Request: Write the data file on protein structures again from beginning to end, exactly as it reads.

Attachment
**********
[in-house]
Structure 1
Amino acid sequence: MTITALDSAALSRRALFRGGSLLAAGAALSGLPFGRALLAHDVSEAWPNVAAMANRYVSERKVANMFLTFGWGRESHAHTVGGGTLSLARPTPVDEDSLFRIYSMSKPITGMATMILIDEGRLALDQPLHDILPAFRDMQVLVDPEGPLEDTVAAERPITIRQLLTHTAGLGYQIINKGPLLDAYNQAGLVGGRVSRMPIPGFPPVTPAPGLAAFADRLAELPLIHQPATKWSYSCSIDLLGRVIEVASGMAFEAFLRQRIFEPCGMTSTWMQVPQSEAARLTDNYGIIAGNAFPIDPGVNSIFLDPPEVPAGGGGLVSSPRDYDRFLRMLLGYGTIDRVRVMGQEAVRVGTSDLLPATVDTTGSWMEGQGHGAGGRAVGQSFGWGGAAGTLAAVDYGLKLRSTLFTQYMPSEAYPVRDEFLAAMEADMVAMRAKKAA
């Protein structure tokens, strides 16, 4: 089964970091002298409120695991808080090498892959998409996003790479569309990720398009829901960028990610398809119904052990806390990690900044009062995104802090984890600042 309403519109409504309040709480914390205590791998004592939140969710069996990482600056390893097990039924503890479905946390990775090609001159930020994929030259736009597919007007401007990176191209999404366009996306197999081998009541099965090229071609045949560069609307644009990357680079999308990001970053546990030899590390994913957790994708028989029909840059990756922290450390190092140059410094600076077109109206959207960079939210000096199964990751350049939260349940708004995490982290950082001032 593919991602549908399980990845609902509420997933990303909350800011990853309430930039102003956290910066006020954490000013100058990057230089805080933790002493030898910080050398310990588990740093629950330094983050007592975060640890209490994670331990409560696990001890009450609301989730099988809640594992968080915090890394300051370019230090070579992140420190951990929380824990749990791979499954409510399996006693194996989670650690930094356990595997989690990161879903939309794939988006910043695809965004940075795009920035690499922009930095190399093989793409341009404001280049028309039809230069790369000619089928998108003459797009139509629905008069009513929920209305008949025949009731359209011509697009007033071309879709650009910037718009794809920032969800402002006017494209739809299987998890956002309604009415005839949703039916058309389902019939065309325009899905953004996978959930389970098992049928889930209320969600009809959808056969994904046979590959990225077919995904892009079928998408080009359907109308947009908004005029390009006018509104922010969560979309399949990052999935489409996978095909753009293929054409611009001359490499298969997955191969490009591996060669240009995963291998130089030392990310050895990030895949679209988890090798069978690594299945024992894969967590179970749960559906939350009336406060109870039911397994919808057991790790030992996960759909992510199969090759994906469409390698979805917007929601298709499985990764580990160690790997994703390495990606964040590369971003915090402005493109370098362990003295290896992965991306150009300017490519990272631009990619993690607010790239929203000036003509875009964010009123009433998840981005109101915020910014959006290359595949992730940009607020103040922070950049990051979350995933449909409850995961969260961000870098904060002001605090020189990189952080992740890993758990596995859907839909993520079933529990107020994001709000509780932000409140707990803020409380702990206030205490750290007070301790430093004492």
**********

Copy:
[in-house]
Structure 1
Amino acid sequence: MTITALDSAALSRRALFRGGSLLAAGAALSGLPFGRALLAHDVSEAWPNVAAMANRYVSERKVANMFLTFGWGRESHAHTVGGGTLSLARPTPVDEDSLFRIYSMSKPITGMATMILIDEGRLALDQPLHDILPAFRDMQVLVDPEGPLEDTVAAERPITIRQLLTHTAGLGYQIINKGPLLDAYNQAGLVGGRVSRMPIPGFPPVTPAPGLAAFADRLAELPLIHQPATKWSYSCSIDLLGRVIEVASGMAFEAFLRQRIFEPCGMTSTWMQVPQSEAARLTDNYGIIAGNAFPIDPGVNSIFLDPPEVPAGGGGLVSSPRDYDRFLRMLLGYGTIDRVRVMGQEAVRVGTSDLLPATVDTTGSWMEGQGHGAGGRAVGQSFGWGGAAGTLAAVDYGLKLRSTLFTQYMPSEAYPVRDEFLAAMEADMVAMRAKKAA
């Protein structure tokens, strides 16, 4: 089964970091002298409120695991808080090498892959998409996003790479569309990720398009829901960028990610398809119904052990806390990690900044009062995104802090984890600042 309403519109409504309040709480914390205590791998004592939140969710069996990482600056390893097990039924503890479905946390990775090609001159930020994929030259736009597919007007401007990176191209999404366009996306197999081998009541099965090229071609045949560069609307644009990357680079999308990001970053546990030899590390994913957790994708028989029909840059990756922290450390190092140059410094600076077109109206959207960079939210000096199964990751350049939260349940708004995490982290950082001032 593919991602549908399980990845609902509420997933990303909350800011990853309430930039102003956290910066006020954490000013100058990057230089805080933790002493030898910080050398310990588990740093629950330094983050007592975060640890209490994670331990409560696990001890009450609301989730099988809640594992968080915090890394300051370019230090070579992140420190951990929380824990749990791979499954409510399996006693194996989670650690930094356990595997989690990161879903939309794939988006910043695809965004940075795009920035690499922009930095190399093989793409341009404001280049028309039809230069790369000619089928998108003459797009139509629905008069009513929920209305008949025949009731359209011509697009007033071309879709650009910037718009794809920032969800402002006017494209739809299987998890956002309604009415005839949703039916058309389902019939065309325009899905953004996978959930389970098992049928889930209320969600009809959808056969994904046979590959990225077919995904892009079928998408080009359907109308947009908004005029390009006018509104922010969560979309399949990052999935489409996978095909753009293929054409611009001359490499298969997955191969490009591996060669240009995963291998130089030392990310050895990030895949679209988890090798069978690594299945024992894969967590179970749960559906939350009336406060109870039911397994919808057991790790030992996960759909992510199969090759994906469409390698979805917007929601298709499985990764580990160690790997994703390495990606964040590369971003915090402005493109370098362990003295290896992965991306150009300017490519990272631009990619993690607010790239929203000036003509875009964010009123009433998840981005109101915020910014959006290359595949992730940009607020103040922070950049990051979350995933449909409850995961969260961000870098904060002001605090020189990189952080992740890993758990596995859907839909993520079933529990107020994001709000509780932000409140707990803020409380702990206030205490750290007070301790430093004492």